New Labyrinth for a New Era

The sweeping Unity Labyrinth is a manifestation of both vision and labor, imagination and sweat. One man saw the possibilities, another caught his dream and brought it to fruition.

Ninety feet across, the Labyrinth dominates a courtyard at Unity Village, Missouri, adjacent to a century-old building that first housed the Unity Prayer Ministry and later the Unity seminary.

It replaced a similar-size labyrinth that was painted on a parking lot at Unity Village in 1997 and was trodden by spiritual seekers until the asphalt was worn and crumbling.

Two events, years apart, brought about the new stone Labyrinth.

Labyrinth Puzzle

Holding a Vision

In about 2008, the Unity World Headquarters executive team was approached by Drayton Riley, a member of the church on campus, Unity Village Chapel, who suggested replacing the parking lot labyrinth with one made of pavers and hedges. Riley even had a graphic engineer create a rendering to show how it might look.

Nothing happened at the time, but the idea stuck in executive Rev. Jim Blake’s mind. “I was struck by the possibility of a more sacred and natural setting and the potential beauty of a labyrinth constructed in that way. It just felt like it belonged here to me.”

After Blake became CEO in 2016, he still had a vision of a new labyrinth and knew it was a project he wanted to undertake at some point. Then talk turned to restoring the 1970s-era Activities Center building to create a new Event Center, where the old labyrinth parking lot would be needed for actual parking.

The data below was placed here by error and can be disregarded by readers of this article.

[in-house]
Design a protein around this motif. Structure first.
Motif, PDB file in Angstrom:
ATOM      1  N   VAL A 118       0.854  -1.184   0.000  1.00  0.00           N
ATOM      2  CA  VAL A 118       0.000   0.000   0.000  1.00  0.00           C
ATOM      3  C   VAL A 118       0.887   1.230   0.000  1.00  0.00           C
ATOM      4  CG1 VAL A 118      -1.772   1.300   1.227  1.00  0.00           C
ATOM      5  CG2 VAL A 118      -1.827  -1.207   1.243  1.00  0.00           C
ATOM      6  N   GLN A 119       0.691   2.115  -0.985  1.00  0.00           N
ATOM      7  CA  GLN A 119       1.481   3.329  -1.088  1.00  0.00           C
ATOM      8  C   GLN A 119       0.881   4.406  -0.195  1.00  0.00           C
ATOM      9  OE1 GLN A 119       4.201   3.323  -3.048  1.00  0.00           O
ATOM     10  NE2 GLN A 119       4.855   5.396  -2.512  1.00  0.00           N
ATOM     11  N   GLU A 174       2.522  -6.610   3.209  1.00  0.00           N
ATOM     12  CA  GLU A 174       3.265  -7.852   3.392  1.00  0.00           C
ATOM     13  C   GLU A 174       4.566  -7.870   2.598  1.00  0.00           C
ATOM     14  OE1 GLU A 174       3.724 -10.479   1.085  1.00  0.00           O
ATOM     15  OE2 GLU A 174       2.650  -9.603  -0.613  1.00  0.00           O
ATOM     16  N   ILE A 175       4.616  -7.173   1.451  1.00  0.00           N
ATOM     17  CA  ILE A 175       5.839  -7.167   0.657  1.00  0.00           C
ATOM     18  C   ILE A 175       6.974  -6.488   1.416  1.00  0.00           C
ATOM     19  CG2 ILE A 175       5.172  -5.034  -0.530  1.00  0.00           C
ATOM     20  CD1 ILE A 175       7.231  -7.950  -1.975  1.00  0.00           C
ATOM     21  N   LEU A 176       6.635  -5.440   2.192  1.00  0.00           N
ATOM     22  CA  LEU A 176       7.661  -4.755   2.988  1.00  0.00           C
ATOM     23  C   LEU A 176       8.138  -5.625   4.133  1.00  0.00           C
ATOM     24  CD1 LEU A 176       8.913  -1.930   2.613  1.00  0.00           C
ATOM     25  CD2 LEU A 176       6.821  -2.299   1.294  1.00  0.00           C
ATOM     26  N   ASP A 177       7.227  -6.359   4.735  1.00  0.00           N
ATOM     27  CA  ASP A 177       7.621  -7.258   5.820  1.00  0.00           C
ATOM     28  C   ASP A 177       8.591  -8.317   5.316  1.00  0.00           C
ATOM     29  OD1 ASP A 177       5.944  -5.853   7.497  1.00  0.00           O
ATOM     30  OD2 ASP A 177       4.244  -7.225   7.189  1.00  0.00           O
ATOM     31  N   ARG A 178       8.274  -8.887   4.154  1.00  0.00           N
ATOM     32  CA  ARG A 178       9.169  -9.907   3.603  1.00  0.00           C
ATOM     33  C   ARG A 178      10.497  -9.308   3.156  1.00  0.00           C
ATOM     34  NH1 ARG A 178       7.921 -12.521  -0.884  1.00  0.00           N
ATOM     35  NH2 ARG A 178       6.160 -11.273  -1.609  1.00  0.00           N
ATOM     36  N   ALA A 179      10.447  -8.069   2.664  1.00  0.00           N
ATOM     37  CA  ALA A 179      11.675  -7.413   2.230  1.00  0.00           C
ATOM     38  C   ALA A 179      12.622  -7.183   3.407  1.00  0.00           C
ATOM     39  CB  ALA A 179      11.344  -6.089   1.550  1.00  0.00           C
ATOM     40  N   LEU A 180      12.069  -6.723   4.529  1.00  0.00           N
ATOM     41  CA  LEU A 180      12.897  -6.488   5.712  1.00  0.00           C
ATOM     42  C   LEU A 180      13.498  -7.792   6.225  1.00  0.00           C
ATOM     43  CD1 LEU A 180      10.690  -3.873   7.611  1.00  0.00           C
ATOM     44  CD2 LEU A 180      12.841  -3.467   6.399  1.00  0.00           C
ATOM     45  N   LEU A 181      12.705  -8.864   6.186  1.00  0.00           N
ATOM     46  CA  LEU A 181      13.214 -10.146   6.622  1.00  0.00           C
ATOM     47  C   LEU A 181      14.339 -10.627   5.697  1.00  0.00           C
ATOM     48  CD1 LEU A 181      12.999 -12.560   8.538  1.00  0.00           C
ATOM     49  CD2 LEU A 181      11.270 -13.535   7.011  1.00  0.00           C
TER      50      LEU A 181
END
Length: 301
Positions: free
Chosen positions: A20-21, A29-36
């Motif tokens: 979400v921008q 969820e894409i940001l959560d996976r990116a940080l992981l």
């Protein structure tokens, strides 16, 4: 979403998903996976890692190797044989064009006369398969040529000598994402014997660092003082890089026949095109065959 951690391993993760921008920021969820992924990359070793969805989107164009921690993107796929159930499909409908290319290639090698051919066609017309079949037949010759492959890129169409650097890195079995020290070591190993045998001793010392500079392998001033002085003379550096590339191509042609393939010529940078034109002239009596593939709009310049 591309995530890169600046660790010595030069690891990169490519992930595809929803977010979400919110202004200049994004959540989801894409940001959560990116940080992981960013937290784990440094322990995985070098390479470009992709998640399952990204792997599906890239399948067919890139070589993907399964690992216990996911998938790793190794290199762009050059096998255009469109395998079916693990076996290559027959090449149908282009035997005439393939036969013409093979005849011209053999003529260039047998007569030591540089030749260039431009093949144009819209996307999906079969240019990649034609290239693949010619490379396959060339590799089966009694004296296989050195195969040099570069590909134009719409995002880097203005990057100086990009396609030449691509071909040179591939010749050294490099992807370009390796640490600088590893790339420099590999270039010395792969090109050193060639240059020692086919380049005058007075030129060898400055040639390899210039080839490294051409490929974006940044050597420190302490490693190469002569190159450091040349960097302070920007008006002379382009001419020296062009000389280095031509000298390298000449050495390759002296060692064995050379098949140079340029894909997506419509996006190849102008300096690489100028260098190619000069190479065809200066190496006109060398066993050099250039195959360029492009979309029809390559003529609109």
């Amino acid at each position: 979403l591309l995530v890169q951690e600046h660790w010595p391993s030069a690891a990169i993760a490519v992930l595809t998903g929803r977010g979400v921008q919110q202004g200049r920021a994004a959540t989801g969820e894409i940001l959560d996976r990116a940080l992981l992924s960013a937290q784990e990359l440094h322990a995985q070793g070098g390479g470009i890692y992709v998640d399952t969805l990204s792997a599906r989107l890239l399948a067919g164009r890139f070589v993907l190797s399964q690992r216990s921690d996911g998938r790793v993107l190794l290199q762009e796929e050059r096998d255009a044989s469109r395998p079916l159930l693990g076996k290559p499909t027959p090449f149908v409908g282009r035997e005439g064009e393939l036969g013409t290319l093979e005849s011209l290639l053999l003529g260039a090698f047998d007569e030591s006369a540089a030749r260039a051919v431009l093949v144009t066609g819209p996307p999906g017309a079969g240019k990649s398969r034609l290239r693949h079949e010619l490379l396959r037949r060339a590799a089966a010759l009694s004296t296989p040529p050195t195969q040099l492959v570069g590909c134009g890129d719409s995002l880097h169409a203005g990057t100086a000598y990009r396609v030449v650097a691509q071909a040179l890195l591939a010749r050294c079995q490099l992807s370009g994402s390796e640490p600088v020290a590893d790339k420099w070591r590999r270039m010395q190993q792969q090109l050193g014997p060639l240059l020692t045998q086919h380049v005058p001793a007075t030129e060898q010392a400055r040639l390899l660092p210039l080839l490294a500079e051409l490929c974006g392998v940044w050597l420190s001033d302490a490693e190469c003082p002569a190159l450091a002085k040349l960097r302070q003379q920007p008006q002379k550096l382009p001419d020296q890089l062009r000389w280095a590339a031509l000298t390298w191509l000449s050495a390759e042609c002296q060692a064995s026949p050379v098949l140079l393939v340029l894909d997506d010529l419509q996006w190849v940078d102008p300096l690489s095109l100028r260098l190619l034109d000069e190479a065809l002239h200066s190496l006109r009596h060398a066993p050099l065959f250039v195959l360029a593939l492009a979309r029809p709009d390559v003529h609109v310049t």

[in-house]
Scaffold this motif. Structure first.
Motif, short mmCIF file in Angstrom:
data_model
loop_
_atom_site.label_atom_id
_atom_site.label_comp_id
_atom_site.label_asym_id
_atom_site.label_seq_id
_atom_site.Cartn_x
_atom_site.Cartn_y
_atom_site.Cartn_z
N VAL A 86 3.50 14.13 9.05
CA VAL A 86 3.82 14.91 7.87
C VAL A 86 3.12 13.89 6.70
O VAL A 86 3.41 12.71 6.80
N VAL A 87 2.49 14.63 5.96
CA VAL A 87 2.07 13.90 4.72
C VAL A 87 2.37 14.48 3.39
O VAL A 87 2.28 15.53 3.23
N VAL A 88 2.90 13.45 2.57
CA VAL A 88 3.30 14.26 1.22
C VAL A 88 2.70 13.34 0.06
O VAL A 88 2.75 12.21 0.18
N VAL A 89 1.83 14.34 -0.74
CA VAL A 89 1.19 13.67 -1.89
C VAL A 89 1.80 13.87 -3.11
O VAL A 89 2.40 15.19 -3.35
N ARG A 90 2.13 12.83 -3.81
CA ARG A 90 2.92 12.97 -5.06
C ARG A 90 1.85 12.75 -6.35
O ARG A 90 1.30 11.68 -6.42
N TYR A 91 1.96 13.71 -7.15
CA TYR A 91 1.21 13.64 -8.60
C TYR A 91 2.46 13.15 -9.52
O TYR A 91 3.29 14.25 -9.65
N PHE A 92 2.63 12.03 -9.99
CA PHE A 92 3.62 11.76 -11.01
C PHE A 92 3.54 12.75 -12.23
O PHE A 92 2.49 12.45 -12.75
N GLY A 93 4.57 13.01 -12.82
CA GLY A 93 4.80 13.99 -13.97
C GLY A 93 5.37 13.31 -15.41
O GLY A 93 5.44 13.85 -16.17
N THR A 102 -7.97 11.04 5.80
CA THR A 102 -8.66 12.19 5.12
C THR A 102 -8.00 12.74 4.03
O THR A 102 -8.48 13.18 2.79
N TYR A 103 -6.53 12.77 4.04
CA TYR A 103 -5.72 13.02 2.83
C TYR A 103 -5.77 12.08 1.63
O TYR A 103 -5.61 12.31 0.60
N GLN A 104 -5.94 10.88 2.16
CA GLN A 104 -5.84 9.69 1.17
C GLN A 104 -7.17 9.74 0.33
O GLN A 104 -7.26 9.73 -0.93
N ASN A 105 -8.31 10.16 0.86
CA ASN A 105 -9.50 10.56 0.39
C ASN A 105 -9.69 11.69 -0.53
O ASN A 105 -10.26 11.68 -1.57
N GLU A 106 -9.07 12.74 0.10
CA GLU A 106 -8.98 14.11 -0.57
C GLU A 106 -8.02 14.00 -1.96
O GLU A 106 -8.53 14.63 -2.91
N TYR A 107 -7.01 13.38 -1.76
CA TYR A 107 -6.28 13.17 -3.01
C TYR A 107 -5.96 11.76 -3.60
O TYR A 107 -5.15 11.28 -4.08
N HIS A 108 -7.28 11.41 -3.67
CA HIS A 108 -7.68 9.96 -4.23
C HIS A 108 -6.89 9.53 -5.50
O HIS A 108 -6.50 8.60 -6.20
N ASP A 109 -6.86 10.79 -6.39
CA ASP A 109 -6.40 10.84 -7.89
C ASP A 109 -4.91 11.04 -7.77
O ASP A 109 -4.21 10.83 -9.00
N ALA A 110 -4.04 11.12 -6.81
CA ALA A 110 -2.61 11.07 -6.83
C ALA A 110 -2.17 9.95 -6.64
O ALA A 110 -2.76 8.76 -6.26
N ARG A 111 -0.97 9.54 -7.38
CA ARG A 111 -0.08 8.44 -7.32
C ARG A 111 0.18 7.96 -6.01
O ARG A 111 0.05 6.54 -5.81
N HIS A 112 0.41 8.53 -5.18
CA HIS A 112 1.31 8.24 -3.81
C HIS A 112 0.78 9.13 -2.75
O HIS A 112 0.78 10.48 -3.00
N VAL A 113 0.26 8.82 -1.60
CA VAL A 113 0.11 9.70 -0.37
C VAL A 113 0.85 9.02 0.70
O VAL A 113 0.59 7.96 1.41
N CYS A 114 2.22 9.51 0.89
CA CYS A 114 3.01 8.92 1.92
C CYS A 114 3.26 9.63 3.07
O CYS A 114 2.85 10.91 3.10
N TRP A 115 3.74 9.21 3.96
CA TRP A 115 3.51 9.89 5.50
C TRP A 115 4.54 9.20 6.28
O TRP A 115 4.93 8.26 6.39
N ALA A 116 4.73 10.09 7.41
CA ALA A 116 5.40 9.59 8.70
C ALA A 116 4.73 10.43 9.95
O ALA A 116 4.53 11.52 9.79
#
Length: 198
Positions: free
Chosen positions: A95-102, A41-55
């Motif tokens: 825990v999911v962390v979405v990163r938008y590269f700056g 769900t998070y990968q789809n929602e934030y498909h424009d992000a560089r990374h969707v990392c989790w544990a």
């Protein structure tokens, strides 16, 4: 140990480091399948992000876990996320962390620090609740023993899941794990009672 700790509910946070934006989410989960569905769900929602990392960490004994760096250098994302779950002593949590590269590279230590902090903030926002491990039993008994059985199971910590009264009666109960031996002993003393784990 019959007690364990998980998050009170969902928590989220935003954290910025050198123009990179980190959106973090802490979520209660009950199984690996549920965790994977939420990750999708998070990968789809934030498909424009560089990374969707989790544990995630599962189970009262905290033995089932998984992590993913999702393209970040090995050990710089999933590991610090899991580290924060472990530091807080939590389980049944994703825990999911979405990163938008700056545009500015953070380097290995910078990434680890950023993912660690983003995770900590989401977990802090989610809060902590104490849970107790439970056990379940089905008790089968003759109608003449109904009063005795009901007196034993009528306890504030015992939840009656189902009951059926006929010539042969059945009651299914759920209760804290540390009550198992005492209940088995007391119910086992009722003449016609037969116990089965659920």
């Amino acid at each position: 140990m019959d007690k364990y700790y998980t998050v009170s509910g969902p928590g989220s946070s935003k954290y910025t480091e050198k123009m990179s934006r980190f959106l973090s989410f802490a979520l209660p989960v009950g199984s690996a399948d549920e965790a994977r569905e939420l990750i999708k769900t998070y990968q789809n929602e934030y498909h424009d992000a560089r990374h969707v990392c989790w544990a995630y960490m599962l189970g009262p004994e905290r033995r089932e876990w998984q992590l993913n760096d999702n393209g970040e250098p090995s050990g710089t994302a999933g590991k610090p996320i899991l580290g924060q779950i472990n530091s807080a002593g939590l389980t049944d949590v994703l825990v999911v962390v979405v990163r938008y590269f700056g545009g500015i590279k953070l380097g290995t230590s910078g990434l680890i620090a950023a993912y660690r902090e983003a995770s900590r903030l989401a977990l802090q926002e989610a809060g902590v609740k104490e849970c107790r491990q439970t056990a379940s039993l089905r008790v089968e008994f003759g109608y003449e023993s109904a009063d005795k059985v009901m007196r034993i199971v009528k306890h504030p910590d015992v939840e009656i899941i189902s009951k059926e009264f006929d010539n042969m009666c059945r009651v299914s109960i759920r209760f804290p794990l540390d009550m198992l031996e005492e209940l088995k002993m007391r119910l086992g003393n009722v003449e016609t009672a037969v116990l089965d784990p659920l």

“I began to sit with where a new labyrinth might go and what sort of labyrinth we might design,” Blake said. “Upon finishing a meditation one morning in my office, I walked over to my office window, which overlooks the fountain, and the perfect location for the labyrinth came to me. We had a large, open area just outside Fillmore Chapel and across from the Rose Garden. It seemed the perfect place near the heart of campus for such a sacred structure.”

Finding the Right Partner

For the next 18 months, Blake researched labyrinth makers. “I finally found an artisan who specializes in labyrinths, and they had the perfect design methodology for creating beautiful, paver-based labyrinths that are low maintenance and yet last for generations.”

That artisan was Marty Kermeen of Labyrinths in Stone, based outside Chicago. He had personally constructed 75 labyrinths in North America, creating the designs and laying the stones by hand.

The Unity Labyrinth would be the largest for Kermeen by far, and it presented an opportunity to fulfill a dream of his own. For 18 years, Kermeen had wanted to create a labyrinth with benches at the center for contemplation and meditation, with soft lighting underneath the benches at night. “The idea needed a larger labyrinth, so it seemed to be a perfect fit,” Kermeen said.

Unity donors jumped at the chance to support a new labyrinth. “Raising funds for the Labyrinth came at a time when there was a resurgence of interest in labyrinths,” said Terrill Petri, vice president of philanthropy. “In fact, it was one of the easiest projects to raise money for that I have experienced in my 16 years at Unity.”

Within three months, seven contributors had provided more than $400,000 to cover the cost.

Beginning the Work

Kermeen designed the Labyrinth using the old parking lot labyrinth as a starting point. “It took a lot of thought and a lot of process and a lot of calculating and looking at the segments of bricks that are available throughout the world.” He wanted the bricks to reflect the buildings and barrel tile roofs of the Unity campus, with their sand and terra-cotta colors, and for the Labyrinth’s curves to simulate the many archways in the Mediterranean architecture.

The pattern he designed was loosely inspired by Chartres Cathedral in France, he said, but it is distinctive enough simply to be called the Unity Labyrinth.

“I finally found an artisan who specializes in labyrinths, and they had the perfect design methodology for creating beautiful, paver-based labyrinths that are low maintenance and yet last for generations.”

Rev. Jim Blake